"Schrödinger's cat isn't dead after all" is a tongue in cheek project to explore states of possible simultaneity. A cardboard box may or may not contain a cat. Using an internet enabled device one might look inside the box and observe whether or not a cat is present.
The actual "Schrödinger's cat" is a thought experiment whereby a cat in a sealed box can be both dead and alive at the same time. In this paradox a cat is locked in a steel box with a geiger counter, a radioactive substance and a flask of poison. Radioactive decay recorded by the geiger counter would trigger a mechanism to smash the flask, releasing the poison and killing the cat.
Schrödinger coined the term Verschränkung (entanglement) whilst developing the paradox. Entanglement describes a physical phenomenon whereby the quantum state of each pairs or groups of particles cannot be described independently from the state of the others.
By observing the cat in the box are we entangled with it?
In this iteration Box Gallery exhibited two versions of the project. Inside The Franklin a completely closed box with an infra red camera observing the interior. On the front step of the gallery a second version modified to function like a camera obscura / pinhole camera used the afternoon light to illuminate the interior.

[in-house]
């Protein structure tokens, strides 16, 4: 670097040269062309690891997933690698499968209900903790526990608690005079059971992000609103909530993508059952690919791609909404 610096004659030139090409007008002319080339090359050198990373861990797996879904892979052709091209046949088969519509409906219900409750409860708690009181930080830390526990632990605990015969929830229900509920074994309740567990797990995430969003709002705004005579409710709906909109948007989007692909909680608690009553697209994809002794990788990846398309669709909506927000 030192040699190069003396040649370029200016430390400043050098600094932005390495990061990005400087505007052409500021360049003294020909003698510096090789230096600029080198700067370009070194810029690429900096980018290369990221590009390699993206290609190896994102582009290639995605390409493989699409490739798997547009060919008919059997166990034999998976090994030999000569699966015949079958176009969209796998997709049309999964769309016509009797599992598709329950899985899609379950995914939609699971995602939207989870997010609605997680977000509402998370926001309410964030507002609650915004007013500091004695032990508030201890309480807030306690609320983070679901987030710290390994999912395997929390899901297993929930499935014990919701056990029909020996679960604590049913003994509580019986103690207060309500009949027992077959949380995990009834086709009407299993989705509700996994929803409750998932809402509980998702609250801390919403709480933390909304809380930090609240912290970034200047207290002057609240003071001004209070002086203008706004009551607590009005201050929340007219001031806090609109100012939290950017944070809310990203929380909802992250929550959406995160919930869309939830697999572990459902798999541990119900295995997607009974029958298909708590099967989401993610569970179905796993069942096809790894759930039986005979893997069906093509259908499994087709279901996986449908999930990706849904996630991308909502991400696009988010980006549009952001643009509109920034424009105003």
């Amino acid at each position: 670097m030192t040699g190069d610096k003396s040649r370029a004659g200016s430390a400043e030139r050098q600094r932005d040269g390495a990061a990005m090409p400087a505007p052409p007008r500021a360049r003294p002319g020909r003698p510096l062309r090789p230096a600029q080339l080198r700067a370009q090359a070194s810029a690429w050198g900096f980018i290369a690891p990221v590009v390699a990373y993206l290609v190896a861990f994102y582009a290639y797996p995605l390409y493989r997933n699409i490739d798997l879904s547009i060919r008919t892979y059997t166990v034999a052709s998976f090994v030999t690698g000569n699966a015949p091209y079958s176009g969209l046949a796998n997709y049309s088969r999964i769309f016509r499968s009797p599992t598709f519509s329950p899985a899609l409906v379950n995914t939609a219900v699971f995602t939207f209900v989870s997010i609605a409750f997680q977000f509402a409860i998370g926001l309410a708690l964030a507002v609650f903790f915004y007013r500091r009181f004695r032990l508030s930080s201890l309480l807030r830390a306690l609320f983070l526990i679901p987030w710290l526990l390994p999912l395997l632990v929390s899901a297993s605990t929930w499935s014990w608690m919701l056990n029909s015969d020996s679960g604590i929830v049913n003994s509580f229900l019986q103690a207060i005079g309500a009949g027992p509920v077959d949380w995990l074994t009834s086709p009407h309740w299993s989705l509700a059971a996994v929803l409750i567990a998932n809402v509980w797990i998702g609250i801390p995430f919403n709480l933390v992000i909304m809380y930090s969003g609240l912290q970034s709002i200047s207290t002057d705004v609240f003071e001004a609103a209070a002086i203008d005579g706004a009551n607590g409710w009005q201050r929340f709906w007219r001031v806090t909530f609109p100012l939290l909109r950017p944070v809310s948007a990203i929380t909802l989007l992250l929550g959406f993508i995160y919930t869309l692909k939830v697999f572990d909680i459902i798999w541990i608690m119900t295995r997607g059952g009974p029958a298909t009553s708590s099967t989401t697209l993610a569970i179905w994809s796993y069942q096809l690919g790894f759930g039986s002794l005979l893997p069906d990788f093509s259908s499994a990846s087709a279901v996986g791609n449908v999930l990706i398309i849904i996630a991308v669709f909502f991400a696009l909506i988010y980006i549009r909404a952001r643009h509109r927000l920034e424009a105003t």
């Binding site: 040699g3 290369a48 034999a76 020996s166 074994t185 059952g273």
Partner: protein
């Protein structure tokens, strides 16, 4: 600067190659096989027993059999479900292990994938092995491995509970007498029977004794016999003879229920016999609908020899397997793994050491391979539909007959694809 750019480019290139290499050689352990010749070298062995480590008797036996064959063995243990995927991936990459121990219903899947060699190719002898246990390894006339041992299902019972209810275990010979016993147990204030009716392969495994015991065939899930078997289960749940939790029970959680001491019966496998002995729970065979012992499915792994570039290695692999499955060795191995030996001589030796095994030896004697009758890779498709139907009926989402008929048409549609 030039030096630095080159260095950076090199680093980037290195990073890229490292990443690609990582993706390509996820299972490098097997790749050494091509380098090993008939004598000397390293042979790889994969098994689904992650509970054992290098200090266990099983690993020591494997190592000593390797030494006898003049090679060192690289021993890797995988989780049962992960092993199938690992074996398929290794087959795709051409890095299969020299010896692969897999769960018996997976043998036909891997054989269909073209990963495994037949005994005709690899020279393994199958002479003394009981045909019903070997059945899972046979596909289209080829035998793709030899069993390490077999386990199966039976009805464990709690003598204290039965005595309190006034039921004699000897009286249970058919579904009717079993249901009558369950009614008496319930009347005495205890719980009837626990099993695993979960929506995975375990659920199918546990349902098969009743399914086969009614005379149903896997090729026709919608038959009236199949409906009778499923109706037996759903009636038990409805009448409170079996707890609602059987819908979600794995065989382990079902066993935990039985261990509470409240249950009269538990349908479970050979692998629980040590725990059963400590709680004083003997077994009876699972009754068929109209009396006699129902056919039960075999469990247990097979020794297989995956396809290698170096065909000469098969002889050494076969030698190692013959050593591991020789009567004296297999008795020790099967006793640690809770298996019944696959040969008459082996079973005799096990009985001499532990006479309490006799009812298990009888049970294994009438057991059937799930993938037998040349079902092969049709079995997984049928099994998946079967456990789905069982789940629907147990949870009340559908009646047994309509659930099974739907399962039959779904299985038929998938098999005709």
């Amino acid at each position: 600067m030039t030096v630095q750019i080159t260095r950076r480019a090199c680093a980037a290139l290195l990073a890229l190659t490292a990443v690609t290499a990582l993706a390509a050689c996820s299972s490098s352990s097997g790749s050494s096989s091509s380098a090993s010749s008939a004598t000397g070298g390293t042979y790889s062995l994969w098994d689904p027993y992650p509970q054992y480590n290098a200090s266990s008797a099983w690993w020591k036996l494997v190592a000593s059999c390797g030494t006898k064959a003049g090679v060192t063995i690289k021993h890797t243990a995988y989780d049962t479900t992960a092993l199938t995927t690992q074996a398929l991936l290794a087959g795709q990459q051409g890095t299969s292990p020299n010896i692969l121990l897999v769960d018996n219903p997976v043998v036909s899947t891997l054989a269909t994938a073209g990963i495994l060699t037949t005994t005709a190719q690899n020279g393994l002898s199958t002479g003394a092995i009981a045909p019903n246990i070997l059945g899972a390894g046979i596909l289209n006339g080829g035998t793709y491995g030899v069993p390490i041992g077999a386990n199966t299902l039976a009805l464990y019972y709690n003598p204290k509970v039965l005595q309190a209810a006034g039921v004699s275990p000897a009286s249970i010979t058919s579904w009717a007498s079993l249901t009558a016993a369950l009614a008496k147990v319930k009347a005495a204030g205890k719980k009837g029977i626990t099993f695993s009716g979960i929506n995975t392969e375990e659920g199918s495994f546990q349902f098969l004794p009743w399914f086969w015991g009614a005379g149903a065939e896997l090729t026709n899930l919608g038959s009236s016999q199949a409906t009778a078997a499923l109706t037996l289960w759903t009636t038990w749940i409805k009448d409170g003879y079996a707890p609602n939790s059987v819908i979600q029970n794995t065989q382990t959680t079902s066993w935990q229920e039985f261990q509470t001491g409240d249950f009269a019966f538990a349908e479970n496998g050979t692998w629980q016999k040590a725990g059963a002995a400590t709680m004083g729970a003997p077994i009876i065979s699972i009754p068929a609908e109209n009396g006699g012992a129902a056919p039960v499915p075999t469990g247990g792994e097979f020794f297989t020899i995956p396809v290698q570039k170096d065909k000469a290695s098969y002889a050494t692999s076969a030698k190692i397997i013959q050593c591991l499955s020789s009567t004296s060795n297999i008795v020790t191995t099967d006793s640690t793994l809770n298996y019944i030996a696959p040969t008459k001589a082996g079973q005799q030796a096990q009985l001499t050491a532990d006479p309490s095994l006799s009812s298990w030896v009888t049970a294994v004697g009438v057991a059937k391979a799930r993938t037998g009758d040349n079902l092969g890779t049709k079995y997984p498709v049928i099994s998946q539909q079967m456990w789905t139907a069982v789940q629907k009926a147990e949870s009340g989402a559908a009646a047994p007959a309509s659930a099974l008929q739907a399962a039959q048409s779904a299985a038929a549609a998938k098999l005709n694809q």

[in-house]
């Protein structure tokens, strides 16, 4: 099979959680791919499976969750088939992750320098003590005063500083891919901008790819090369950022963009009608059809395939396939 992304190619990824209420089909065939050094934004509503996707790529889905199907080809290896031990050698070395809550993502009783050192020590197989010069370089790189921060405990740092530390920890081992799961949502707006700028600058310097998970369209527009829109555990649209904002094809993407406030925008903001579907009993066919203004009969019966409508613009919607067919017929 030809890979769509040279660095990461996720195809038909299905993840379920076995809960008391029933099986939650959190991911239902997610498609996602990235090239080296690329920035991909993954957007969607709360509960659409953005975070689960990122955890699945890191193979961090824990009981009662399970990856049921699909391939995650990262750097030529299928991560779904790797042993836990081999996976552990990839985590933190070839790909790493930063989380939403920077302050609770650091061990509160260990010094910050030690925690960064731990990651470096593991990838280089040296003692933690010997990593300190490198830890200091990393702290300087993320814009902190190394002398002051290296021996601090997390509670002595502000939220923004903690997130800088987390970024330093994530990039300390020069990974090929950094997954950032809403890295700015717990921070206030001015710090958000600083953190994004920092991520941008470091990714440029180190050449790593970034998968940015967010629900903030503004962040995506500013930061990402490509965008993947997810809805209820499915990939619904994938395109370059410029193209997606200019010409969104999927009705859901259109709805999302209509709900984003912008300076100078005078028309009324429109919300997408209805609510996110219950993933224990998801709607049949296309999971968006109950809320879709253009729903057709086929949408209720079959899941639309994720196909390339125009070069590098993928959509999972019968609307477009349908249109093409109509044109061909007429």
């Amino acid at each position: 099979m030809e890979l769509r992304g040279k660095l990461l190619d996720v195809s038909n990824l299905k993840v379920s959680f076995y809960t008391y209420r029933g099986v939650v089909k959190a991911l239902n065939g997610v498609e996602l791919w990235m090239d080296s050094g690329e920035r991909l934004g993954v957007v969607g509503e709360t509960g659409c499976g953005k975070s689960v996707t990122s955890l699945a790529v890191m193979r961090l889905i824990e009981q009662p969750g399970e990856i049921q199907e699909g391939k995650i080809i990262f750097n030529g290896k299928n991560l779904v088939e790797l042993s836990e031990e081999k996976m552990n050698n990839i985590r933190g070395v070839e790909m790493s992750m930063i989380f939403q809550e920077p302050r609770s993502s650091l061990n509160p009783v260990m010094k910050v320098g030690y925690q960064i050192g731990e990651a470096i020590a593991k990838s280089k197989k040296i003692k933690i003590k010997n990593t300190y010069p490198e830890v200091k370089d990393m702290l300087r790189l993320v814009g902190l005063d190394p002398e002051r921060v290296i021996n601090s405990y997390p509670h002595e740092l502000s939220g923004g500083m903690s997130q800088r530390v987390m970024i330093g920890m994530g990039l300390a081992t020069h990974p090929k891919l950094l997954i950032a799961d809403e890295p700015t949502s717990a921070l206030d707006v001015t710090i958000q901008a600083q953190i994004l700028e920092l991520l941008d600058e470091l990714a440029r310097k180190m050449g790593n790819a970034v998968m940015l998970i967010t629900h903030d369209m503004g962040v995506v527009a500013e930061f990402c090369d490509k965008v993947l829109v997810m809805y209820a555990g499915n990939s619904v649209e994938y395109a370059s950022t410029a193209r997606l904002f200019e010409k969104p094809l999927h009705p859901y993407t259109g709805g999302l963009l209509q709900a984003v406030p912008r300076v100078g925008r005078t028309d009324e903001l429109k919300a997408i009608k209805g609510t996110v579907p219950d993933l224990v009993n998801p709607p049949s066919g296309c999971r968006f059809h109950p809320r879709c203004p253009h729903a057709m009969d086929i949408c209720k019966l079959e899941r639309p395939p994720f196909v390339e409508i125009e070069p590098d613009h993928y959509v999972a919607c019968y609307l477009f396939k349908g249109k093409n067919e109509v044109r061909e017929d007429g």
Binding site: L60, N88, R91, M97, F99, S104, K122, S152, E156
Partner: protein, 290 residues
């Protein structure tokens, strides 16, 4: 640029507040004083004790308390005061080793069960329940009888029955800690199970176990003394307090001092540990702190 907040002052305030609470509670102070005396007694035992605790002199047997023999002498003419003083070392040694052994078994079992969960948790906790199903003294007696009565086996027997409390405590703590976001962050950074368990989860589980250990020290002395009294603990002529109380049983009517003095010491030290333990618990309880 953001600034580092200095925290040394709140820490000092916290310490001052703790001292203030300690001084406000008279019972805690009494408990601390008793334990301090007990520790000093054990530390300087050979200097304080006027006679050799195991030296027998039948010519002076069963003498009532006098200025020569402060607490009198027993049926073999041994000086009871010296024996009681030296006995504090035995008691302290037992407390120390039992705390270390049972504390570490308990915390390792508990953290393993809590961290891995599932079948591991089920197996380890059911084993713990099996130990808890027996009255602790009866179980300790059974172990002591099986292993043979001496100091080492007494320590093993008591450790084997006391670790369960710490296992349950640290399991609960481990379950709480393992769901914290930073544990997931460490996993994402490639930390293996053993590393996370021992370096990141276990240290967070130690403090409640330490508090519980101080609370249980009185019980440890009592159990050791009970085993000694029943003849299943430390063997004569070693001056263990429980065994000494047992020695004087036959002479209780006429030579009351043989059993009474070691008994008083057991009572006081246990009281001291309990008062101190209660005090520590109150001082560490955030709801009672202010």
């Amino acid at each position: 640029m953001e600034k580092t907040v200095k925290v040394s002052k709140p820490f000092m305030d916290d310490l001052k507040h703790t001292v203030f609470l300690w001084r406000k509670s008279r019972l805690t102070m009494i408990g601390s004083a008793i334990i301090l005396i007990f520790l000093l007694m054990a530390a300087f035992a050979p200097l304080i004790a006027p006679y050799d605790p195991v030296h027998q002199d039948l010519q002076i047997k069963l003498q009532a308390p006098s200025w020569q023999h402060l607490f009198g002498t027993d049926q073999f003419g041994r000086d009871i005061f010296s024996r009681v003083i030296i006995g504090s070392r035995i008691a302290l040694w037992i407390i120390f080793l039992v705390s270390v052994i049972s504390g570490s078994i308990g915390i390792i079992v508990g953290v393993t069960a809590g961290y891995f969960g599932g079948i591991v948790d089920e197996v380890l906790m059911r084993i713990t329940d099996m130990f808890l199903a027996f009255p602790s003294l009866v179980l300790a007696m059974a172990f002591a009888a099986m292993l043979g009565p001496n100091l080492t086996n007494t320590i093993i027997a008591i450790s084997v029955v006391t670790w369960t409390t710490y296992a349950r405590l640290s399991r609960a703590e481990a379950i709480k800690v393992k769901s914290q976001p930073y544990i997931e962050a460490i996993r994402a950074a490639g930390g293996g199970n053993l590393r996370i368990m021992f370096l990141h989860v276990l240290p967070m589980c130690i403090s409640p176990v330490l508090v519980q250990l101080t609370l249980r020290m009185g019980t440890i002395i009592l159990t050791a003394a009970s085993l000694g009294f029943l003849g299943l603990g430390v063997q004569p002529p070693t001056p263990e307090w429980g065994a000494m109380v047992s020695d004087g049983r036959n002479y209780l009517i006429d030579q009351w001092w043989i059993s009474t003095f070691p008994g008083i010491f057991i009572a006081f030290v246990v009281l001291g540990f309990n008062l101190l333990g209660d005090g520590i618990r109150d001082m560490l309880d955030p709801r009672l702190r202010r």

With the sealed box we hear the cat inside and can view it from our devices thus contriving a moment of simultaneity. The camera obscura takes the light present at the moment and uses it to allow observation of the cat.
Viewing the cat in the box via web enabled image stream
Box Gallery is the curatorial project of Chicago-area artist Richard Medina. The experimental gallery space takes the form of a 6" x 6" x 6" cardboard box. Artists are asked to respond to the unique constraints of the box, and create work that activates the interior of the space. For more information contact Richard at firstname.lastname@example.org.